Review, The Sleeping Beauty, Birmingham Royal Ballet, Sadlers Wells, By Hannah Goslin

 out of 5 stars (4 / 5)

I am ashamed to admit that my knowledge and version of Sleeping Beauty is entirely from Disney. I’m used to the owl dancing in a coat, an impossible leaning cake (which I want for every birthday, even at 31 turning 32) and the big dragon. So when I came to this production, the storyline following, at times, a different path, it was like a new story for me.

These differences are subtle. But to summarise the story of The Sleeping Beauty in this production: a girl (Aurora) is cursed by an evil fairy, after she isn’t invited to her christening. When she pricks her finger on a spindle, she would fall into a 100 year sleep. And so up until her 16th birthday, all sharp objects are eliminated from the palace. The evil fairy manages to sneak a spindle in and Aurora falls to her fate. Only true loves kiss releases her, where she awakes to a beautiful marriage and guests of fairy-tale royalty.

In this day and age, we are so used to modernisation of tales, of a reinvention of tradition, and often this is refreshing and allows the story to be told in a new way. However, Birmingham Royal Ballet went against this grain and kept it very traditional. And this, in itself, was absolutely refreshing. The opulence of the stage, the set, the costumes was exquisite and gave me a goosebump-ed feeling of the days of old, where audiences dressed up to attend and were part of the elite. The beauty of this, is that, at a very affordable price, anyone could come to this production and get that exact feeling. They get to come and feel special, and that was evident in the eyes of many young children in attendance.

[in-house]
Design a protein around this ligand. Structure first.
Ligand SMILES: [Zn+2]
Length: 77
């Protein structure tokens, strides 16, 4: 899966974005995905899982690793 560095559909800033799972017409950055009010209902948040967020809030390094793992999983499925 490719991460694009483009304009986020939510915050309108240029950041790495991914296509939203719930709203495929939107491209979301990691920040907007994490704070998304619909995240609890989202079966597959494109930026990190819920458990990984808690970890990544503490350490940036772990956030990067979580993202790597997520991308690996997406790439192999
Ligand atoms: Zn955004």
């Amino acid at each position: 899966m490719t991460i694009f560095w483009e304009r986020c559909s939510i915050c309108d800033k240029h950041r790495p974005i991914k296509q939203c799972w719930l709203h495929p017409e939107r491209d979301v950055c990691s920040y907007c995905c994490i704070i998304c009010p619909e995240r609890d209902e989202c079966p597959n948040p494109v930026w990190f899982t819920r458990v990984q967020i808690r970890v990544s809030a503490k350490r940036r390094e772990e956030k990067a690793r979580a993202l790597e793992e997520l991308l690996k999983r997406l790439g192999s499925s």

The stage had so many layers to it and rose so high, that we felt as if we were really in a grand European castle or palace, with all the pomp and circumstance, the historical costumes along with the beautiful and decadent tutus, allowing us to not only be transported in time but in place.

Accompanied by a live orchestra, the tradition continued with the accompaniment, but also felt extremely special. There’s something about live orchestral music that makes you shiver with awe and excitement, and the atmosphere it helped to create were effective with the change of the mood of the scene.

The dancing of course was spectacular. Not a foot was wrong and tradition continued to seep through in each member, whether a principal or in the background. The only qualm is that some more technically advanced moves that required balance did not always translate to the dancers face and so the panic and concern of this became evident and made that moment lose its magic somewhat.

The end of the story, we are treated to new characters who attend the wedding. Puss in Boots, The White Cat and Little Red Riding Hood are introduced, providing some giggles and some change of pace. It’s only at the end in the final bow that a few more appear in the guise of a Sultan and another furry creature. This was a little confusing and likely to do with some tradition in the ballet. However, it felt a little out of place and distracted somewhat from the celebration of the cast.

Overall, seeing traditional ballet and in the form of a story I thought I knew, but evidently did not, was magical and special. We were transported in time, in place and into a fairy tale world.

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